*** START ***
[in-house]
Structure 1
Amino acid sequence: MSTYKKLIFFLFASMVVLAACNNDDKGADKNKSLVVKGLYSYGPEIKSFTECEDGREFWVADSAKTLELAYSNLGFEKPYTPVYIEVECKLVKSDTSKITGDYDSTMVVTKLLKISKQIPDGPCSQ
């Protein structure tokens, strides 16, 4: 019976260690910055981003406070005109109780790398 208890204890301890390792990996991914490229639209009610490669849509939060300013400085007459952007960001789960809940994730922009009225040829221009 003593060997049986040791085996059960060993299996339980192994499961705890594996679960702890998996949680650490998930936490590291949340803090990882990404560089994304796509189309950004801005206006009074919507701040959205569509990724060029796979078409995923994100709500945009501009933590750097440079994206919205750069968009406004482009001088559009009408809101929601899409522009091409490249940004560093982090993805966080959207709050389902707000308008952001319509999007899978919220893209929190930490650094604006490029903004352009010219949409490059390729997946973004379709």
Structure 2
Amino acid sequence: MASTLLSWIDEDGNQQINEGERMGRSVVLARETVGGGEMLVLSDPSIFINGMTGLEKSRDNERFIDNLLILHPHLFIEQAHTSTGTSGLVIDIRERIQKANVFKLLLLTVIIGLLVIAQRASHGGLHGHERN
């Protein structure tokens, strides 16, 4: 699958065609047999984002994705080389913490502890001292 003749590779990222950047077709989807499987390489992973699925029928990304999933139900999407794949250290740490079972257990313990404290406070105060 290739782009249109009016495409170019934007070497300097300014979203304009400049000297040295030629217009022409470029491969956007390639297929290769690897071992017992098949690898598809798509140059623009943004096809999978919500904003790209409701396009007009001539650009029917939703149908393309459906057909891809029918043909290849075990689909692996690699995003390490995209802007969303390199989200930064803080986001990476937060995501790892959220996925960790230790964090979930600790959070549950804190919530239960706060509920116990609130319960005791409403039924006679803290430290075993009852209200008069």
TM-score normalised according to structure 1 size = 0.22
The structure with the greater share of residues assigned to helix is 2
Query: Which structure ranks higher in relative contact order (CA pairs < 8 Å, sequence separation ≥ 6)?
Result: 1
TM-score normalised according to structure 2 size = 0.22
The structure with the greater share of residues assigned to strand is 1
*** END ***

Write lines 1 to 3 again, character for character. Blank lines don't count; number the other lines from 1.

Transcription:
[in-house]
Structure 1
Amino acid sequence: MSTYKKLIFFLFASMVVLAACNNDDKGADKNKSLVVKGLYSYGPEIKSFTECEDGREFWVADSAKTLELAYSNLGFEKPYTPVYIEVECKLVKSDTSKITGDYDSTMVVTKLLKISKQIPDGPCSQ